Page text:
UK will not participate in EU’s coronavirus fast track vaccine scheme

Health Secretary Matt Hancock arrives at Downing Street. Photograph: Stefan Rousseau/PA Wire.

Health Secretary Matt Hancock arrives at Downing Street. Photograph: Stefan Rousseau/PA Wire. - Credit: PA

The UK will not be involved in the European Union's plans to fast track orders for a coronavirus vaccine, designed to ensure supplies for member states as soon as one is ready.

The UK will not formally be a part of the programme, but an EU spokesperson suggested it would be able to benefit from the scheme until the scheduled end for the Brexit transition period on December 31.

The bloc's executive body will propose to its 27 member states that they negotiate with pharmaceutical companies as a united bloc and offer up-front financing to speed development and ensure priority access to any successful vaccine.

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The EU proposes using a 'large majority' of a €2.7bn emergency fund for the effort but is also committed to ensuring fair access worldwide to pandemic remedies.

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It is reported that it is looking to buy six potential vaccines in deals in advance where the makers would commit to providing doses when and if they become available, as long as they are not produced solely in America.

The EU said that Washington has indicated it wants US-made medicines for itself.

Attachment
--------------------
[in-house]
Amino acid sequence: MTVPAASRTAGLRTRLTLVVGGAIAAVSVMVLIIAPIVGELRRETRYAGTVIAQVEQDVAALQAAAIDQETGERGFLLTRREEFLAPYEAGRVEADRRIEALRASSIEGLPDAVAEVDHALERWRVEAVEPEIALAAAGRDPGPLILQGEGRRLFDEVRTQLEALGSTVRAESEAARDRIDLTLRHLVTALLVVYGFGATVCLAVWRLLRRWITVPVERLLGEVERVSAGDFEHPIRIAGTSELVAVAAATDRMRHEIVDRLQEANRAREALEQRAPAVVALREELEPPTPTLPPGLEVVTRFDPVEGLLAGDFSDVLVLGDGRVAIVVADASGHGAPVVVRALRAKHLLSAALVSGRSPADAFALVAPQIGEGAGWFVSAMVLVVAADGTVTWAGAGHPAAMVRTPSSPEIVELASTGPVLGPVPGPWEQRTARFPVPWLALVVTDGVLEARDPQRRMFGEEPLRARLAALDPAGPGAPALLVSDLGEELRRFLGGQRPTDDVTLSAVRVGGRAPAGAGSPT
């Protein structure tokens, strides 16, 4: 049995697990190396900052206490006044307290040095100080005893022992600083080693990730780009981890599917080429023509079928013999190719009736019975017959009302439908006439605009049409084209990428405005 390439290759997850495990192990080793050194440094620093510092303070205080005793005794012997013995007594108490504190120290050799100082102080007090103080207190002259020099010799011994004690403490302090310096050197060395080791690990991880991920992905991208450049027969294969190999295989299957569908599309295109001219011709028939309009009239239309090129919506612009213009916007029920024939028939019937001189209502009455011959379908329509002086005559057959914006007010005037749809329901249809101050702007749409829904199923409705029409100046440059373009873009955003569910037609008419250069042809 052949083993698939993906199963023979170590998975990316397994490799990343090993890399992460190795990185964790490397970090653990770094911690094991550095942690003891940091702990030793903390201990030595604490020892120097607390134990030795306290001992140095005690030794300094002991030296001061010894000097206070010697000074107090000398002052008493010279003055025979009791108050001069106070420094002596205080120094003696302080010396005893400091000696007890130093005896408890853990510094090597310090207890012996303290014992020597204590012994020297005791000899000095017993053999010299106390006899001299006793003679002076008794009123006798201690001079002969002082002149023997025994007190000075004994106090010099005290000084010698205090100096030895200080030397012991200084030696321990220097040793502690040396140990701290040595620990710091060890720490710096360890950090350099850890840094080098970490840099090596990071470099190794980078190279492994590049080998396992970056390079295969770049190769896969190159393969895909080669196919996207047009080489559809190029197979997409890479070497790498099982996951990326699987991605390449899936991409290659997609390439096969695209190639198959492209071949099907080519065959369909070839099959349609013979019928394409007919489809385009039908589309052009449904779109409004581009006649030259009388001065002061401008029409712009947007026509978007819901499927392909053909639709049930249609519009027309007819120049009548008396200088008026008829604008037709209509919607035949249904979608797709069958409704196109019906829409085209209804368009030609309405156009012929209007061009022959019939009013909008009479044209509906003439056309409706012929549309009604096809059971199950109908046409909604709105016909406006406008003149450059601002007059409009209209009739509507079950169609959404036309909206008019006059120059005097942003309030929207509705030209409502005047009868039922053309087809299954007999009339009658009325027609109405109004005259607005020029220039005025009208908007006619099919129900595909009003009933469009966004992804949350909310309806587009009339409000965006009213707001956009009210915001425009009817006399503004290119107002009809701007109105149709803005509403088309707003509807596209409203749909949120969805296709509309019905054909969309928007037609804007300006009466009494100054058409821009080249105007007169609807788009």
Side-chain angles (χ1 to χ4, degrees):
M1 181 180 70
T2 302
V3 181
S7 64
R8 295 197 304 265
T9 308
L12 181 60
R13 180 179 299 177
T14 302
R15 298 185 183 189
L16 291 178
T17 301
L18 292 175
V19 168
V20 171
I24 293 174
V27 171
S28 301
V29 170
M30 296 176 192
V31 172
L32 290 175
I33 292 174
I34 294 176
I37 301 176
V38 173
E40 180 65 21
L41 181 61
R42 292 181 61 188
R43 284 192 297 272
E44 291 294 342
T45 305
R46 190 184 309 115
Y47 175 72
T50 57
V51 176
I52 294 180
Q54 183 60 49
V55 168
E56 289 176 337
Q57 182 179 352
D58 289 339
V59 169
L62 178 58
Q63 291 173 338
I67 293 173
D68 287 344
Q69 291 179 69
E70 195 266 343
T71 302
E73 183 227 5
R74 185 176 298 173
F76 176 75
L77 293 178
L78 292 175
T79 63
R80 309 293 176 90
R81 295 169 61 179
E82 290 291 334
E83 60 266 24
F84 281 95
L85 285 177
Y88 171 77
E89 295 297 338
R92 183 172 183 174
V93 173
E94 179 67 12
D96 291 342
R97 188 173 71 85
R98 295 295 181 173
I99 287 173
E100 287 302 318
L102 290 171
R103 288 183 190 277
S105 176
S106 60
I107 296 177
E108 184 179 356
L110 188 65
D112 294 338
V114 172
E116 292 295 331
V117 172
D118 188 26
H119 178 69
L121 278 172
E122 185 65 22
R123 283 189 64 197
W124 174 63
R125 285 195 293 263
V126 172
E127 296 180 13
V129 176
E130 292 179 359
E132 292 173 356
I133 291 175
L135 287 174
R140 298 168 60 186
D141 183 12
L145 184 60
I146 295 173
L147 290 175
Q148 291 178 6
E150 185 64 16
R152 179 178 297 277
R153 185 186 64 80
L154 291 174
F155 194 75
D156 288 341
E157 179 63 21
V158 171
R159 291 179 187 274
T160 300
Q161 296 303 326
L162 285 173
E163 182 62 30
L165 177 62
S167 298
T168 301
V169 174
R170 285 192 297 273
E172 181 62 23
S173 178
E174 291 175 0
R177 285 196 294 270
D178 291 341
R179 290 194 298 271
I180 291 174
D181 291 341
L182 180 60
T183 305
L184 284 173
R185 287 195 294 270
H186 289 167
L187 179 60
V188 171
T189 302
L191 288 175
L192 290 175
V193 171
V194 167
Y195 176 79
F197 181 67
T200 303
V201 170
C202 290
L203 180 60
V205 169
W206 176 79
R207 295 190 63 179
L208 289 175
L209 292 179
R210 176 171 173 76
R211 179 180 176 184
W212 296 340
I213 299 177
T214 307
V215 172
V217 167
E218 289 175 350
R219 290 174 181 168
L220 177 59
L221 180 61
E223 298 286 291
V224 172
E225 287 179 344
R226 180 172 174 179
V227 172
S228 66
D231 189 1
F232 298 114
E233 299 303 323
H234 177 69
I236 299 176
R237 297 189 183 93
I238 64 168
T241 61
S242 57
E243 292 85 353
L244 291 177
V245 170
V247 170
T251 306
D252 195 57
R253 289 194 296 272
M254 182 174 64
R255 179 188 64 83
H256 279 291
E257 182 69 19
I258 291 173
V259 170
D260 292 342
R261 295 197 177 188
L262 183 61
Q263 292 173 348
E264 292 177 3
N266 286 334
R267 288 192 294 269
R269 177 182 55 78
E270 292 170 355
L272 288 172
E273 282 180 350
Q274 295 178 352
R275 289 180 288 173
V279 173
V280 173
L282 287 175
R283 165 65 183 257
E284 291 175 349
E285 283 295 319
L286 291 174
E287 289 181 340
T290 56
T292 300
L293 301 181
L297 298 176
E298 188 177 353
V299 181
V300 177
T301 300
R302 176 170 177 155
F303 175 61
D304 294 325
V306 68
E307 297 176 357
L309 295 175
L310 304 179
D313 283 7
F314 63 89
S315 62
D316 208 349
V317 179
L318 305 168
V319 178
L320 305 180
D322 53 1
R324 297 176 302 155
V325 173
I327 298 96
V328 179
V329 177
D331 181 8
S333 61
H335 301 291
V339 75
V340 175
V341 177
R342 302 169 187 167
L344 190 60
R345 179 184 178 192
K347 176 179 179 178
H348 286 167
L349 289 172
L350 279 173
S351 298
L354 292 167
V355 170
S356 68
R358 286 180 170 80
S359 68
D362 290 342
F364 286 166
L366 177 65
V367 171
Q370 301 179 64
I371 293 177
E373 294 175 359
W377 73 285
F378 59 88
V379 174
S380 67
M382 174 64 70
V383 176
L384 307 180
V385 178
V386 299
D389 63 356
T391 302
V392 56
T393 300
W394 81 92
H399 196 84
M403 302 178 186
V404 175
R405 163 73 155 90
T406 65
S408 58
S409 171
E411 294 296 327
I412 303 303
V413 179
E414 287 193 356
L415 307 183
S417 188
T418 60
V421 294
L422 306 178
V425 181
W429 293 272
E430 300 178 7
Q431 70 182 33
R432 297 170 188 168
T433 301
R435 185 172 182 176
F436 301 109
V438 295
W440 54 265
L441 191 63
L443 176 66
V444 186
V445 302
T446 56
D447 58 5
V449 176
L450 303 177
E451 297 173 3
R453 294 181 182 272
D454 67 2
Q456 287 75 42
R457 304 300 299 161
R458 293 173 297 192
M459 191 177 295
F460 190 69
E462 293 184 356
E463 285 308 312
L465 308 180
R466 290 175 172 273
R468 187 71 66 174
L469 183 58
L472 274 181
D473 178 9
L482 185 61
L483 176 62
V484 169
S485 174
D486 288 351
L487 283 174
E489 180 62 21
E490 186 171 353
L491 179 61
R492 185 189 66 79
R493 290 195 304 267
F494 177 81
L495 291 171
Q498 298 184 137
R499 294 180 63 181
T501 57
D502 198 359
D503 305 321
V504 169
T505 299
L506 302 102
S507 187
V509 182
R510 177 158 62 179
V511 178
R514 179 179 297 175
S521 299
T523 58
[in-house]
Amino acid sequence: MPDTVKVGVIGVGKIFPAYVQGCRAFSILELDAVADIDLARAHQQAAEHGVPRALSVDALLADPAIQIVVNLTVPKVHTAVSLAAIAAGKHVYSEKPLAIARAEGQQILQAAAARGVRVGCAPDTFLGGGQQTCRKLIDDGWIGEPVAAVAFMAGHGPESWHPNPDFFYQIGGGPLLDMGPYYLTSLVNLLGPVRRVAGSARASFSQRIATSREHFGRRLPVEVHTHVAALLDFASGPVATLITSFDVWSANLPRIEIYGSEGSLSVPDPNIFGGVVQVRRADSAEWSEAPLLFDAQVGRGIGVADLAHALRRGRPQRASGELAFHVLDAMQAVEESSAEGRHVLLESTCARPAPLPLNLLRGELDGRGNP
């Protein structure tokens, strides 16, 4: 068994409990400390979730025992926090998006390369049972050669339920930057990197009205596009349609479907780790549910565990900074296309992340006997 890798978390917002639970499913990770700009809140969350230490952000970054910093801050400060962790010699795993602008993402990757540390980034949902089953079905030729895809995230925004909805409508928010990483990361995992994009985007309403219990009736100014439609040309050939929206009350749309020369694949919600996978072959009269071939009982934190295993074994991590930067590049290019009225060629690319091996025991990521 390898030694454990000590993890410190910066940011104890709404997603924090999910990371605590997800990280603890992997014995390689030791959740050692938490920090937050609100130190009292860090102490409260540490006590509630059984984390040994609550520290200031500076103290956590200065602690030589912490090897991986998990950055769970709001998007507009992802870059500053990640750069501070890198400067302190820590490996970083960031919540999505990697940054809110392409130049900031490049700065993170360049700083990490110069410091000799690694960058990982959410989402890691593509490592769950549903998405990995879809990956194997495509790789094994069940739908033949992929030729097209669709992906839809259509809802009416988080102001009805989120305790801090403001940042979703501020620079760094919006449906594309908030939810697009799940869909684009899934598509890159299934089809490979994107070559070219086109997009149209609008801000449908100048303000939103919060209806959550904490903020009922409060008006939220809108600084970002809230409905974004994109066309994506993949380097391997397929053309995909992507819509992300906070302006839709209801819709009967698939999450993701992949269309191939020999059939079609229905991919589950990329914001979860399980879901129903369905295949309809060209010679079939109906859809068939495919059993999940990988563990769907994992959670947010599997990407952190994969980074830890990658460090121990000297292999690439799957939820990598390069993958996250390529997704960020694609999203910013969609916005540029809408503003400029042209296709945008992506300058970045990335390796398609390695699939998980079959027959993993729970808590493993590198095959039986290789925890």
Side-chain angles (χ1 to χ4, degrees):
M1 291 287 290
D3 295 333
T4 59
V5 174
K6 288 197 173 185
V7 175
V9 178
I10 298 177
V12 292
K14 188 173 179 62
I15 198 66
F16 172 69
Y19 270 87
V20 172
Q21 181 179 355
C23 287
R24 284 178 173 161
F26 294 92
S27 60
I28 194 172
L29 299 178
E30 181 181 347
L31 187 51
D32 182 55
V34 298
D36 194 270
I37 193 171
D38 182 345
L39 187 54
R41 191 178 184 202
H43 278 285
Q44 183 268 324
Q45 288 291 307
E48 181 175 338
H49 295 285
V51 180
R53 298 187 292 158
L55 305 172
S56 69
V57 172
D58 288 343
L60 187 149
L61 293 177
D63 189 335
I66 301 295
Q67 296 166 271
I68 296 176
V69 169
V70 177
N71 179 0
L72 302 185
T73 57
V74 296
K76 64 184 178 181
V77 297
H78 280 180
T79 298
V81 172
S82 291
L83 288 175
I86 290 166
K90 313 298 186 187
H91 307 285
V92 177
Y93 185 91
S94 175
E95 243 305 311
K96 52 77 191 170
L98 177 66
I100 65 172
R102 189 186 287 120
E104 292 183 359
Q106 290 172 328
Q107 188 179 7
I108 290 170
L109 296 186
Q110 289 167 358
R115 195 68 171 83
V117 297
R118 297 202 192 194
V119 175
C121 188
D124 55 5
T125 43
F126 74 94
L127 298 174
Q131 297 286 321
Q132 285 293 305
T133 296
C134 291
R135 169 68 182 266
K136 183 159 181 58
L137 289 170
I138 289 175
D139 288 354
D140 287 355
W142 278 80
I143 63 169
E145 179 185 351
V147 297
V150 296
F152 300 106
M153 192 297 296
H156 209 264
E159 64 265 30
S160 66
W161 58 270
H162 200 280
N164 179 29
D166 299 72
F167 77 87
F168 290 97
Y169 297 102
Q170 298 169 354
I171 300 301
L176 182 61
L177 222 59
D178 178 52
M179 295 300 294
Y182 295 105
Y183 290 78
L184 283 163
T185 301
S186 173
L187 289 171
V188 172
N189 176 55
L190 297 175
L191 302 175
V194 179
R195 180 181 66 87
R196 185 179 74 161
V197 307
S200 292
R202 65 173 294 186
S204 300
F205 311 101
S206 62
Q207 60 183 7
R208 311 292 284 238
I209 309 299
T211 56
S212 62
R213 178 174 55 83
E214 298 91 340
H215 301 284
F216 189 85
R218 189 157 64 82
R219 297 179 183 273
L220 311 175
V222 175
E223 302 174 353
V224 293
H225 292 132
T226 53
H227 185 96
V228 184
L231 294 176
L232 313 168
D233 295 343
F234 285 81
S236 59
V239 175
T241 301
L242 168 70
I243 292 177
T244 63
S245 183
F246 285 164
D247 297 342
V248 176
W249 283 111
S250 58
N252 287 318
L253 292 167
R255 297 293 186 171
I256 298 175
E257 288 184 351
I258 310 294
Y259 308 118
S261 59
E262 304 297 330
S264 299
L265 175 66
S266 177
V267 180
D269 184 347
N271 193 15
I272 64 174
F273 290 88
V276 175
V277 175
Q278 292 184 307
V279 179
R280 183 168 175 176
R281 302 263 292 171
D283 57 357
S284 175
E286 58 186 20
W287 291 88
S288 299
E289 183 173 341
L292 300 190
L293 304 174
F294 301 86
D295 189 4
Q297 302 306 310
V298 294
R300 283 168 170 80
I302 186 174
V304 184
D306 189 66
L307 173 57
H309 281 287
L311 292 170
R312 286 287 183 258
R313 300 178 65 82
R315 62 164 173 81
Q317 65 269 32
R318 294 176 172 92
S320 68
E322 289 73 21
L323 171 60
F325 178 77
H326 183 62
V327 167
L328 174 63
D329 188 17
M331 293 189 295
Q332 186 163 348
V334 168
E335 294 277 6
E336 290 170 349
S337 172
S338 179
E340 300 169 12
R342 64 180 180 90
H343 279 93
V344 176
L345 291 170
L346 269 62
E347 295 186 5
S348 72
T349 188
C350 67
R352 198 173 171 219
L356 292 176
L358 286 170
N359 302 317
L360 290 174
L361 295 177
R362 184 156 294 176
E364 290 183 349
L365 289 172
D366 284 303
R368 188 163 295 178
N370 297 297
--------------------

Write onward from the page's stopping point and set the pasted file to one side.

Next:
'We pay up front a significant part of the investment needed in exchange for a commitment from the pharmaceutical manufacturer to give us a vaccine when is available,' an official told a news conference.

Another EU insider told the Financial Times: 'What we want to do is to secure sufficient supplies to our member states, while also taking global responsibility. This is, in fact, in our own self-interest, because no region is safe until the virus is under control everywhere.'

It is not clear if a vaccine will be ready before the end of the transition period.

Naomi Smith from the pro-EU organisation Best for Britain said the UK government turning its back on EU co-operation will dismay the public.

She said: 'By ending the transition period this year, the government is cutting Britain off from a possible route to a vaccine.

'We cannot keep refusing all offers of cooperation with the EU over coronavirus. We rejected the chance to join the EU's PPE bulk-buying scheme, to most people's dismay.

'The government needs to focus all of its energy on ending this public health crisis. That means working with the world to get a vaccine.'

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